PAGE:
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Attorney General Jeff Landry, center, answers a question during Landry's news conference at the Livingston Building to discuss details on his lawsuit, Landry v. Gallo, and "discussion of human resource issues." Tuesday April 20, 2021, in Baton Rouge, La. Sandra Schober, H.R. Director, left, and Civil Division Director, Alicia Wheeler, right, watch.

Louisiana Attorney General Jeff Landry, incensed by an LSU professor’s tweet calling his assistant a “flunky,” demanded this week that the university’s president do something to punish the professor.

Bob Mann, a tenured mass communications professor at LSU and a prolific Twitter user, authored the offending tweet. It read: “Louisiana AG Jeff Landry sending some flunkie to the LSU Faculty Senate meeting today to read a letter attacking covid vaccines is quite the move from a guy who considers himself ‘pro-life.’”

Mann sent his missive during a meeting Tuesday where he and other faculty members were pushing for a stricter vaccine policy at the school. Landry has been a leading opponent of COVID vaccines in Louisiana; he brought an anti-vaccine activist to a legislative hearing this week.

The term “flunky” refers to someone who performs menial or miscellaneous duties, according to Merriam-Webster.

The remark set off Landry, a conservative Republican thought to be a candidate for governor in 2023. The attorney general took to Twitter himself Wednesday to lash out against Mann, saying “his disparaging remarks about this LSU alumna cannot be without consequence.” Landry, the chief legal officer for the state, said he had spoken with LSU President William Tate and “expressed (his) disdain and expectation for accountability.”

“This type of disrespect and dishonesty has no place in our society -- especially at our flagship university by a professor,” he tweeted. “I hope LSU takes appropriate action soon.”

It would be an extraordinary move for LSU to punish a tenured professor for such commentary about a public official. Two academic free-speech groups voiced their support for Mann and pointed out public university professors have protections for such speech.

Tate said in a statement Thursday afternoon, "As president of LSU, I am deeply committed to First Amendment rights. LSU is committed to free and open scholarship and the freedom to debate ideas and principles without interference.”

Katie Schwartzman, director of the First Amendment clinic at Tulane Law School, said there’s no question that Mann’s speech is protected by the U.S. Constitution, and that LSU punishing him for the tweets would violate the First Amendment.

“The law is clear that he has a right to state his personal opinion without fear of being fired or otherwise punished by the government,” Schwartzman said. “It’s just deeply troubling for one of the most powerful law enforcement officers in the state of Louisiana to call for discipline against a citizen for exercising his right to free speech.”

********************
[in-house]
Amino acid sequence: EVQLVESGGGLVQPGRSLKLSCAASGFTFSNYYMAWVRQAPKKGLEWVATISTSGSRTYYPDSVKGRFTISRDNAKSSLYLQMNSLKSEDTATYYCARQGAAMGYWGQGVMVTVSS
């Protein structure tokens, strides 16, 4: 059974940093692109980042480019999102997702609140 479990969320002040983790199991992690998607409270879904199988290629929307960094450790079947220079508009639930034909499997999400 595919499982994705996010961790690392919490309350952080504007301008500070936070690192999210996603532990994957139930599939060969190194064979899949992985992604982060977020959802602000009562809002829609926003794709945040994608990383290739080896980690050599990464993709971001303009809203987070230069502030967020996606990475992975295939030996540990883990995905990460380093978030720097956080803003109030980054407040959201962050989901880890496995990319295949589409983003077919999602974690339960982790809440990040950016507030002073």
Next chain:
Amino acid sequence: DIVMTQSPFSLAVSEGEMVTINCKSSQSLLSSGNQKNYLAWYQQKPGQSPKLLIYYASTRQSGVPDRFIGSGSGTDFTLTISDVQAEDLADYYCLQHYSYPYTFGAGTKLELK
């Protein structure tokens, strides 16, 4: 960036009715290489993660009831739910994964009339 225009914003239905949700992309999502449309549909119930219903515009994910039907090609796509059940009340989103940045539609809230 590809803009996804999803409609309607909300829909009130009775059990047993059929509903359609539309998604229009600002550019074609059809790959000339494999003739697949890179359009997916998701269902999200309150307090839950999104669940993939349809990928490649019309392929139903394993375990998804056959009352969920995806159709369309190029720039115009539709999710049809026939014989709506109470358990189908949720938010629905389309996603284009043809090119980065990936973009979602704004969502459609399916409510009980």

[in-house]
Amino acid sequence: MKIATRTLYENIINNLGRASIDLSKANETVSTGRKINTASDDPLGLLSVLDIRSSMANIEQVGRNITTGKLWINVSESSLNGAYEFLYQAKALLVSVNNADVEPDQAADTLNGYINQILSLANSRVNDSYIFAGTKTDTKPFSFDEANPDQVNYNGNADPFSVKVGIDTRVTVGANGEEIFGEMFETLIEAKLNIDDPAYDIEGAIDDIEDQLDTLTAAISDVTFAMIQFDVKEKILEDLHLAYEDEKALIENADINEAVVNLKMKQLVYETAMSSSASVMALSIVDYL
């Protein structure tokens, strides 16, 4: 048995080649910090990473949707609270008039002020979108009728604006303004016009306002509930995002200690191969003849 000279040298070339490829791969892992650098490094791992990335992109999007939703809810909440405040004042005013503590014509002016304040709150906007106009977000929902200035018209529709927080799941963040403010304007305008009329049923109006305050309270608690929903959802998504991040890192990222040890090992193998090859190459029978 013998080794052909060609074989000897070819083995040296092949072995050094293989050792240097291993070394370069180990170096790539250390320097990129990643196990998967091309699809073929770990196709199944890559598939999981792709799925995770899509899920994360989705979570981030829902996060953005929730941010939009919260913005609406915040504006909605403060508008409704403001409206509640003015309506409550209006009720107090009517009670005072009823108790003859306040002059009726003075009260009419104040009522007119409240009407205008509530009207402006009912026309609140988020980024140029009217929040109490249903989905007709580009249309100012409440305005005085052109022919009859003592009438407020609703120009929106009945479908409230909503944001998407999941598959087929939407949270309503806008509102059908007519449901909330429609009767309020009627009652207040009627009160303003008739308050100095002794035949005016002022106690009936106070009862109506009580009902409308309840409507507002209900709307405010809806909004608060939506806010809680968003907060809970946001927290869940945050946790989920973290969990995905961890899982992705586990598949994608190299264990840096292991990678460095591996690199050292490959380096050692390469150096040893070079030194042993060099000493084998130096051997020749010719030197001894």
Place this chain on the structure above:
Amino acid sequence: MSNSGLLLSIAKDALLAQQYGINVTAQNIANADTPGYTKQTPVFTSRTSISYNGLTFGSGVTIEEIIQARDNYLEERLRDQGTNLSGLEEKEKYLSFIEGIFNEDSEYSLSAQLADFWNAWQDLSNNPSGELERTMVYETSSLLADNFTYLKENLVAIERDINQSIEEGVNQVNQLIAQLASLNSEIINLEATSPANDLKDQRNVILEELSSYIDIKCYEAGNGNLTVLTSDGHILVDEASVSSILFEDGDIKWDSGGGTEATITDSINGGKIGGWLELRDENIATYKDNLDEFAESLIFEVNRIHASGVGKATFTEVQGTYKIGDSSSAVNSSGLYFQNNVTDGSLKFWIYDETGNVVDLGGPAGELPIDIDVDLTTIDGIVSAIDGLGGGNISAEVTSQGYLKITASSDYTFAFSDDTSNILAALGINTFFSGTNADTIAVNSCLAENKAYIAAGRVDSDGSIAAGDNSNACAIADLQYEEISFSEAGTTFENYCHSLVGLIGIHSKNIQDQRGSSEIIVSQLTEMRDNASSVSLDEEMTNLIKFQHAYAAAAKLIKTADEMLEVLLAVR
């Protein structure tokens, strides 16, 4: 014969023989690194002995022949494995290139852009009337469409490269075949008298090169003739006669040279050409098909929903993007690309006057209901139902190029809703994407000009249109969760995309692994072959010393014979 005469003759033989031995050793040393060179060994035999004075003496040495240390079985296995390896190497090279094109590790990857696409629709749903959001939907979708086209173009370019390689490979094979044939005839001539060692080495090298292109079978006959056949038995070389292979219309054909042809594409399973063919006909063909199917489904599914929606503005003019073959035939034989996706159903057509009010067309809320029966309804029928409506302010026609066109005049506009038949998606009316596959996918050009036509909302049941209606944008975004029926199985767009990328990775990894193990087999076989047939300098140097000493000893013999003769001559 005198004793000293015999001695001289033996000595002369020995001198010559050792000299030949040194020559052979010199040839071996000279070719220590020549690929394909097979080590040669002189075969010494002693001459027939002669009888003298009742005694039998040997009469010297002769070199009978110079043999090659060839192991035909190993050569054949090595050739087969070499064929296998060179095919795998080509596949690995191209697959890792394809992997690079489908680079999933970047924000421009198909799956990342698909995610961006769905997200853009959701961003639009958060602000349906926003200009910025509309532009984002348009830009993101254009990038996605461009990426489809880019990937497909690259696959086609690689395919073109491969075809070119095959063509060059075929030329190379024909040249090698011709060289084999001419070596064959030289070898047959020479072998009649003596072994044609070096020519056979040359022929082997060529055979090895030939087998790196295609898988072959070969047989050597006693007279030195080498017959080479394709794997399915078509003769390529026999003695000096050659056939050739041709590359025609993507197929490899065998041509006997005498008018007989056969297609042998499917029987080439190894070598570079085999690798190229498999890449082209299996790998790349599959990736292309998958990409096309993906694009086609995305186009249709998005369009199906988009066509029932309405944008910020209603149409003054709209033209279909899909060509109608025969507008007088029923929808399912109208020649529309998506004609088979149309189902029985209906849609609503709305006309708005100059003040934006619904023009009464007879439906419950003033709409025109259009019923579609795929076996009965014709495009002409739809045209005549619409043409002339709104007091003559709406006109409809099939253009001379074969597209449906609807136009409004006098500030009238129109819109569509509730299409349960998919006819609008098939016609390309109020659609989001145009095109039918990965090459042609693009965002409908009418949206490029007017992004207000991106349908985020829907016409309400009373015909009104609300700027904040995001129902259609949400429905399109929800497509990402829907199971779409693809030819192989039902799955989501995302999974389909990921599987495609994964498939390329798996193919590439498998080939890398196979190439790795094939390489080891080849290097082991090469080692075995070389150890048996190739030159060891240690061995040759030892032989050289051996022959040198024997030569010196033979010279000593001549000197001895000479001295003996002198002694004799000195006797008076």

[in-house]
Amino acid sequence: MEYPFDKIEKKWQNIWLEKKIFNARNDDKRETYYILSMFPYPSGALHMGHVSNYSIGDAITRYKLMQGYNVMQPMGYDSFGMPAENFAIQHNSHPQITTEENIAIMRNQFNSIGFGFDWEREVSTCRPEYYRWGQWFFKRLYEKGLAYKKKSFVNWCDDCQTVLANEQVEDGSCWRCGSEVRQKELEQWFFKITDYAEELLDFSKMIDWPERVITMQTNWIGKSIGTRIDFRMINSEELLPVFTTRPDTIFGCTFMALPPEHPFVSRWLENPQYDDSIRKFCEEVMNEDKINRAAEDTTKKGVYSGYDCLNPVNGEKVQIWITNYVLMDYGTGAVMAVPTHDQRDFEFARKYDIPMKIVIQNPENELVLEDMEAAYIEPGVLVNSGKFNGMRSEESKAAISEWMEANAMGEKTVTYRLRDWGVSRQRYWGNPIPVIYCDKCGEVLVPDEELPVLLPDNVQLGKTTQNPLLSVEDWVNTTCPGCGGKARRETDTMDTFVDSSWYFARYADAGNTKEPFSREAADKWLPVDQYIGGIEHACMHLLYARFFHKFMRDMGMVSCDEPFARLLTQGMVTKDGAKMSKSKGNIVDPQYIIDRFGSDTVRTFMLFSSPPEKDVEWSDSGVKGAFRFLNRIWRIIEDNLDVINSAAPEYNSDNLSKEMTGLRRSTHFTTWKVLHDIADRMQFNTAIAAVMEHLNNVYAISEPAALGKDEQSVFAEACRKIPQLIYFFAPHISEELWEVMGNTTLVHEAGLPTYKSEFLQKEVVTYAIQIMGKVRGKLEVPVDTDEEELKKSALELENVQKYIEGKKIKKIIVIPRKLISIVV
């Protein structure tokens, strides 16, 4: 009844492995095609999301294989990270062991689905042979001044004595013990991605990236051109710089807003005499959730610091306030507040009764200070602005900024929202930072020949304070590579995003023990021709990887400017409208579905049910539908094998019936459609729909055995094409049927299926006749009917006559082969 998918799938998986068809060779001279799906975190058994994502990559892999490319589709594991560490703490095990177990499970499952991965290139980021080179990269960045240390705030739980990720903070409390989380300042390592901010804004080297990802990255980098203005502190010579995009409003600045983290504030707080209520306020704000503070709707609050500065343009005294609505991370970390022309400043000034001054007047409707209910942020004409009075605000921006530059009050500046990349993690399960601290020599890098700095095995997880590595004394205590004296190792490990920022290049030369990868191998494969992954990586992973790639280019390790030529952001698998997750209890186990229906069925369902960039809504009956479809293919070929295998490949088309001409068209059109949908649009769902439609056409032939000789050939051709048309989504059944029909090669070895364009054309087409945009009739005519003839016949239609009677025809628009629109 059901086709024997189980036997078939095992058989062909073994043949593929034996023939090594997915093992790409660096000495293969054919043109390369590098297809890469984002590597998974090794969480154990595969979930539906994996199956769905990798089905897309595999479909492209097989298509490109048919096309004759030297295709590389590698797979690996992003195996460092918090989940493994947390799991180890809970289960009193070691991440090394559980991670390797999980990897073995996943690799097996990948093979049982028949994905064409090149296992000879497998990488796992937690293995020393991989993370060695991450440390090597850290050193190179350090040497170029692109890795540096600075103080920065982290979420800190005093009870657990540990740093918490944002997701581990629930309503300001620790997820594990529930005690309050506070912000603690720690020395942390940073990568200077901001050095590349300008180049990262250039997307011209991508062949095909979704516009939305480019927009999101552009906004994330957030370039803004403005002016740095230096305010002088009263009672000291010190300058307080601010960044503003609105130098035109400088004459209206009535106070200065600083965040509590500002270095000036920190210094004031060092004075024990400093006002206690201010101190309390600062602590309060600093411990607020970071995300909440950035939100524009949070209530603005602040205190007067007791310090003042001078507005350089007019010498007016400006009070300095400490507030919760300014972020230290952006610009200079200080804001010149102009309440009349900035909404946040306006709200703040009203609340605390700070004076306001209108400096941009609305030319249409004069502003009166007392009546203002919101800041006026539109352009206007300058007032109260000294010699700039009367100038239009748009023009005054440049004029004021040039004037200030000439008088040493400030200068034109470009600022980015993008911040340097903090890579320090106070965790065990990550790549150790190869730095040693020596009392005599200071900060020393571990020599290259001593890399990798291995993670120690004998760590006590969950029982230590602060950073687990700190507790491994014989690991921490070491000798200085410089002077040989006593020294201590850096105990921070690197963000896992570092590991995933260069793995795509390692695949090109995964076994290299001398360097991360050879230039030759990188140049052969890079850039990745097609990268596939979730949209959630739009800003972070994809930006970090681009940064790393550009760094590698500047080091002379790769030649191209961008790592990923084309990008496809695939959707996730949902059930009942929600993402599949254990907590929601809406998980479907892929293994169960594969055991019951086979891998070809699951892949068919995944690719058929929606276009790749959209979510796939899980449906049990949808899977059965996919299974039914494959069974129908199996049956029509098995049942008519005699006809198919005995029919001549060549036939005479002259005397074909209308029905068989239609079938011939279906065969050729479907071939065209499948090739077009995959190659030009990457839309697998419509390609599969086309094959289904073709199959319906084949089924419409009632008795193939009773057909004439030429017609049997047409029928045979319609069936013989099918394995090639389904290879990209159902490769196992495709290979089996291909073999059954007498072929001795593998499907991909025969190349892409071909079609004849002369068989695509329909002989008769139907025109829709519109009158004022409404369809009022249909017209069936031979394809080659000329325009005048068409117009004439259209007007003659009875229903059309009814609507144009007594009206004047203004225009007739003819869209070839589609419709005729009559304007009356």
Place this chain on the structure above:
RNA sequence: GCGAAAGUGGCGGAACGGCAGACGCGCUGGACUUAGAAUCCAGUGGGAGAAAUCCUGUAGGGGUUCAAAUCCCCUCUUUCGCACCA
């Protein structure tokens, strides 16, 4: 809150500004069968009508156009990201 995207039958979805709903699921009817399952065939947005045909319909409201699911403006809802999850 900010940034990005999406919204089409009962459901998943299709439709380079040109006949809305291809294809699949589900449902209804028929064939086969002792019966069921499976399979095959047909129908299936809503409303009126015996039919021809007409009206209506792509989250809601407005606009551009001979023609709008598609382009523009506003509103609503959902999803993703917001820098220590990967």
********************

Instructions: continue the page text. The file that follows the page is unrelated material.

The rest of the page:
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Landry’s office also didn’t respond to messages seeking comment over the flap. The Landry assistant whom Mann called a “flunky,” Lauryn Sudduth, likewise didn’t return a call seeking comment.

Landry made his complaint official in a letter dated Thursday, reiterating his problem with Mann. 

Mann, an outspoken liberal, dismissed the possibility of being fired for the tweet as “silly.” And he noted that he himself was a “flunky” for two decades, having worked for former U.S. Sens. Russell Long and John Breaux and former Gov. Kathleen Blanco, all Democrats.

But he worried that Landry’s efforts, especially as a potential future governor, could have a “chilling effect” on other faculty. He also said the AG’s tweet was ironic, given Landry’s past pronouncements in favor of free speech and against “cancel culture.”

“This is a guy who’s clearly running for governor. When he calls the president of the university, he’s talking to someone he understands could be governor in two years,” Mann said. “It has the potential for a much more chilling effect on faculty beyond me.”

The university president reports to LSU’s Board of Supervisors, which is appointed by the governor.

Mann had a field day on Twitter after Landry’s tweets, which drew hundreds of comments, many of them ridiculing the attorney general. He thanked Landry for helping him sell copies of his latest book – saying he had had his best day of sales in weeks – and criticized LSU for not speaking out in favor of free speech on campus.

As Mann noted, Landry’s effort to get Mann punished cut against the AG’s past pronouncements about free speech. Last year, after meeting at the White House about social media platforms, Landry tweeted: “We have the right to free speech and expression by all individuals, no matter the viewpoint!”

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